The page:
Manta rays, the emblem of our diving school, are fascinating, elegant, graceful and powerful animals.

Find out more about these giants below:

What is a Manta ray?

The Manta ray is a fish, it breathes underwater thanks to its gills. It’s not a mammal, so if it often comes to the surface, it is not to breathe.

A manta ray swimming in blue waters

How to recognize a Manta ray?

The Manta ray is the largest of the rays, with a wingspan of 4 to 7 meters and a weight of 1 to 2 tons.

They can live up to forty years.

Manta rays have a flat body. Their back is dark (usually brown, blue or black), while their belly is light.

On their back you can see some light spots and on their belly some dark spots. These spots are unique and specific to each ray. They allow distinguishing and recognizing the different individuals.

The Manta ray has five pairs of gill slits on its belly. Its pectoral fins are triangular. They are located on each side of its body, as are its eyes.

The two cephalic horns, made of cartilage, are located at the front of the body, on either side of the mouth. When deployed, these horns serve to concentrate and direct the plankton on which the Manta ray feeds.

A manta ray black and white

What do Manta rays eat?

To feed, the Manta ray must swim with its mouth open and its cephalic horns deployed. This allows it to direct seawater into its mouth. The ingested water is filtered through the gills, allowing the Manta ray to breathe and feed on the plankton in the water.

How do Manta rays reproduce?

Manta rays are ovoviviparous: the egg hatches inside the female, which gives birth to a fully formed young. The reproductive period varies according to the location and type of Manta ray.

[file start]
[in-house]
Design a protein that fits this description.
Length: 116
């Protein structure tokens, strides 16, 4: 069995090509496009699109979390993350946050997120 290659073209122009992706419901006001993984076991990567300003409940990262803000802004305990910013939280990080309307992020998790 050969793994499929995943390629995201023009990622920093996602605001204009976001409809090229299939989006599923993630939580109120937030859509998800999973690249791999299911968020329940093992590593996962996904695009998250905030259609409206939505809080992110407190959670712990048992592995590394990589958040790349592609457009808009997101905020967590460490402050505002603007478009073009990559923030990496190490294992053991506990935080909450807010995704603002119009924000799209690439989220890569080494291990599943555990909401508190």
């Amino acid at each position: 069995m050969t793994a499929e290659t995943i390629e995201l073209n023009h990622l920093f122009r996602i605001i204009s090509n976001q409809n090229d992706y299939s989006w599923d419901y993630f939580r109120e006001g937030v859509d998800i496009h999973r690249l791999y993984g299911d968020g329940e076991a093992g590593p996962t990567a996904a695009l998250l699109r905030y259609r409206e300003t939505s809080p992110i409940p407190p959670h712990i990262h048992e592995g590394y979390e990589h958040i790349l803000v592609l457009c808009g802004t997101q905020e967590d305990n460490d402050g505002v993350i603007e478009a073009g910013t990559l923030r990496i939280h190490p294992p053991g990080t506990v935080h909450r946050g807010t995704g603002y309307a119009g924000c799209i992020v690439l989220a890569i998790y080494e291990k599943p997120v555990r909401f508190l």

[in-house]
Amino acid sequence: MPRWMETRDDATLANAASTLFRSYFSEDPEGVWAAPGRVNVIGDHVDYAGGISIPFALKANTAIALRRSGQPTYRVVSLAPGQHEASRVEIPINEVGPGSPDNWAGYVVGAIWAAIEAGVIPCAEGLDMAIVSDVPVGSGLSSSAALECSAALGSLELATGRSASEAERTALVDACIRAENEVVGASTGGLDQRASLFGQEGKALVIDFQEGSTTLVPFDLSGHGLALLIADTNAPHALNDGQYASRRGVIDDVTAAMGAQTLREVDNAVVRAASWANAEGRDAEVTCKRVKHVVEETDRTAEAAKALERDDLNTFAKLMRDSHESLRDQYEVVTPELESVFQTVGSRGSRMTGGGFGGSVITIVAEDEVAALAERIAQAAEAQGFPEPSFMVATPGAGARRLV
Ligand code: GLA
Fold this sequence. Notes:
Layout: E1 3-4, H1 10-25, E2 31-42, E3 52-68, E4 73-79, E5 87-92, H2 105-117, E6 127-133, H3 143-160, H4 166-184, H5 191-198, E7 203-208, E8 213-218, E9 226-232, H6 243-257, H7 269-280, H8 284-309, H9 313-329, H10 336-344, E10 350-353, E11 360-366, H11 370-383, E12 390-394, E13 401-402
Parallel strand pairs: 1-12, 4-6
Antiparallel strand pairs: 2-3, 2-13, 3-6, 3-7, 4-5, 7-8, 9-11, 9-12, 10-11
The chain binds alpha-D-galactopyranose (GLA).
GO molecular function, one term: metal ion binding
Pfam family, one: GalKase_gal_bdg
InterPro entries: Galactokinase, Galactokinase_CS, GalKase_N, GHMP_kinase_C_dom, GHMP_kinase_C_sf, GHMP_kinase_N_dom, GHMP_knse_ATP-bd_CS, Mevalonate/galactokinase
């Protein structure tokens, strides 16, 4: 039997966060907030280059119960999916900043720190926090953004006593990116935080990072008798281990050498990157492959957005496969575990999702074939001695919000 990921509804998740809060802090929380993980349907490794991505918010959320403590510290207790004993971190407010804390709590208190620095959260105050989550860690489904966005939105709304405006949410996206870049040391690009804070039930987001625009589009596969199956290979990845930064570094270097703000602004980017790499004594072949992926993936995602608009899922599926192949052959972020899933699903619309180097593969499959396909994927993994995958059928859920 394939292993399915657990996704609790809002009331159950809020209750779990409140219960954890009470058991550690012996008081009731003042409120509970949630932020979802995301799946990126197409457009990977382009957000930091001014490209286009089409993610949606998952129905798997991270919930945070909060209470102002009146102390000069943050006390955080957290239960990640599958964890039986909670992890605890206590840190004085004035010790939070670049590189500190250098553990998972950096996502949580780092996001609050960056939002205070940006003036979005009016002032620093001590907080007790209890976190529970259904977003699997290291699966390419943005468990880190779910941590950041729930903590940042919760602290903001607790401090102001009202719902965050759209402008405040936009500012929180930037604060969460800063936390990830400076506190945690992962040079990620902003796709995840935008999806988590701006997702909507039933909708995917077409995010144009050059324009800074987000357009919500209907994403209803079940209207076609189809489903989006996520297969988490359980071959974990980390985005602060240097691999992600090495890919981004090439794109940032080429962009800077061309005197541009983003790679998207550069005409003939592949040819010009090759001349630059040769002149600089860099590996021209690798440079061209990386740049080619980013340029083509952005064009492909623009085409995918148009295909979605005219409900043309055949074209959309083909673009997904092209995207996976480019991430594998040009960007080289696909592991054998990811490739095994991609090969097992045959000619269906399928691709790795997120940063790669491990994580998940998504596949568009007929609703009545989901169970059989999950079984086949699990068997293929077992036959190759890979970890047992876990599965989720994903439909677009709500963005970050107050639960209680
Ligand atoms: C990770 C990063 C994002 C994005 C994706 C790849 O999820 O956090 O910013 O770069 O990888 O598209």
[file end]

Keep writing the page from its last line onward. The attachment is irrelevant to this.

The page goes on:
Reproduction is preceded by courtship. It’s a kind of dance of the male and female “flying” together underwater.

Gestation lasts more than a year. The female gives birth to a calf that can measure up to 1.2 m and weigh 45 kg in the case of the largest specimens. After birth, the mother does not feed her young, which are immediately independent.

a manta ray swimming in front

Where do Manta rays live?

Manta rays are found in tropical and subtropical areas. They are found mainly in the three great oceans: Pacific and Indian, but also in the Atlantic. They like warm and temperate waters.

In Costa Rica, you may have the opportunity to observe them while diving in Catalina Islands, in the Guanacaste region.

Manta rays travel a lot to follow the plankton. They not only travel to reproduce like many species, but also to follow their food.

Many manta rays swimming together with a diver

Are Manta rays intelligent?

Manta rays have the largest brain of all fish.

If you compare the size and weight of the Manta ray’s brain to the size and weight of its body, it has one of the largest brains in the animal kingdom.

Recent studies have shown that Manta rays are aware of themselves when viewed in a mirror. If these results are validated, it will confirm that Manta rays are among the most intelligent marine species.

A large manta ray swimming in Catalinas Islands

Do Manta rays have predators?

Oceanic Manta rays have very few predators, their large size commands respect.

In any case, they can swim fast enough to escape. It’s common to see Manta rays with damaged wings, due to shark bite marks, signs that they may have escaped an attack.

a diver taking a picture of a manta ray in the catalinas islands with Be Water Diving

Dive with Manta rays in Catalina Islands

With a bit of luck you can have the chance to observe Manta rays in Catalina Islands in Costa Rica. Indeed, they never stay in one place for very long.

In any case, Catalina Islands are full of incredible marine biodiversity. You can easily see other types of rays, sting rays, devil rays, guitar rays, white tip sharks, turtles, schools of fish, moray eels, octopuses…

We offer diving tour for divers without certification and for certified divers.
We leave from Tamarindo with our transfer and board in Flamingo bay to then reach the islands.

Ready to discover the incredible biodiversity?
Book your scuba diving tour from Tamarindo with Be Water Diving here.

A diver approaching a manta ray

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Categories: Marine life